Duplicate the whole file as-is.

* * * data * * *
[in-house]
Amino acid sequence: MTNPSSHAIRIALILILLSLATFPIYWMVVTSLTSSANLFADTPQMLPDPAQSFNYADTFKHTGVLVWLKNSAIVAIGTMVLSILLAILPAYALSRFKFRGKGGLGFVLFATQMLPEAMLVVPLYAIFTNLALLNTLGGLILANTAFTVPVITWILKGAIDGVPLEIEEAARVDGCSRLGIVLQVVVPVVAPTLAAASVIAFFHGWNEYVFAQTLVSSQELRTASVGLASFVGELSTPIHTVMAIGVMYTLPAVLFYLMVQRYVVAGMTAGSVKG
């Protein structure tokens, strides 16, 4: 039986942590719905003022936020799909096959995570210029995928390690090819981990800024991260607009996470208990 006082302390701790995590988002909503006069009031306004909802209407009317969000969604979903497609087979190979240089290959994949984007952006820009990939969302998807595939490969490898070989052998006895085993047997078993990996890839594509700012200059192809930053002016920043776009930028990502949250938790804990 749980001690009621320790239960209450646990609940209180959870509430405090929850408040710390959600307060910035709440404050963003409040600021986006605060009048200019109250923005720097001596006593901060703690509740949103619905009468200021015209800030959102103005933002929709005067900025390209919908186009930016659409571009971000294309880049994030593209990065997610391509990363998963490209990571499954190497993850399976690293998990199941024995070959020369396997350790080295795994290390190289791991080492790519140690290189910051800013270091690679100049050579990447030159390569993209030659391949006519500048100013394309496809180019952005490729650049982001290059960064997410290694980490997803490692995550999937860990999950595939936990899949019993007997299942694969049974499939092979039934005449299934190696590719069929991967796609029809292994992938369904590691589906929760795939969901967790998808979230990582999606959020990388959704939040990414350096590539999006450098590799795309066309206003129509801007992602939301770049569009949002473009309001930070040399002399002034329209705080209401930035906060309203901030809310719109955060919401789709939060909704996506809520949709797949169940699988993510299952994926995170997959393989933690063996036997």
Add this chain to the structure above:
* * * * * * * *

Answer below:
[in-house]
Amino acid sequence: MTNPSSHAIRIALILILLSLATFPIYWMVVTSLTSSANLFADTPQMLPDPAQSFNYADTFKHTGVLVWLKNSAIVAIGTMVLSILLAILPAYALSRFKFRGKGGLGFVLFATQMLPEAMLVVPLYAIFTNLALLNTLGGLILANTAFTVPVITWILKGAIDGVPLEIEEAARVDGCSRLGIVLQVVVPVVAPTLAAASVIAFFHGWNEYVFAQTLVSSQELRTASVGLASFVGELSTPIHTVMAIGVMYTLPAVLFYLMVQRYVVAGMTAGSVKG
């Protein structure tokens, strides 16, 4: 039986942590719905003022936020799909096959995570210029995928390690090819981990800024991260607009996470208990 006082302390701790995590988002909503006069009031306004909802209407009317969000969604979903497609087979190979240089290959994949984007952006820009990939969302998807595939490969490898070989052998006895085993047997078993990996890839594509700012200059192809930053002016920043776009930028990502949250938790804990 749980001690009621320790239960209450646990609940209180959870509430405090929850408040710390959600307060910035709440404050963003409040600021986006605060009048200019109250923005720097001596006593901060703690509740949103619905009468200021015209800030959102103005933002929709005067900025390209919908186009930016659409571009971000294309880049994030593209990065997610391509990363998963490209990571499954190497993850399976690293998990199941024995070959020369396997350790080295795994290390190289791991080492790519140690290189910051800013270091690679100049050579990447030159390569993209030659391949006519500048100013394309496809180019952005490729650049982001290059960064997410290694980490997803490692995550999937860990999950595939936990899949019993007997299942694969049974499939092979039934005449299934190696590719069929991967796609029809292994992938369904590691589906929760795939969901967790998808979230990582999606959020990388959704939040990414350096590539999006450098590799795309066309206003129509801007992602939301770049569009949002473009309001930070040399002399002034329209705080209401930035906060309203901030809310719109955060919401789709939060909704996506809520949709797949169940699988993510299952994926995170997959393989933690063996036997």
Add this chain to the structure above: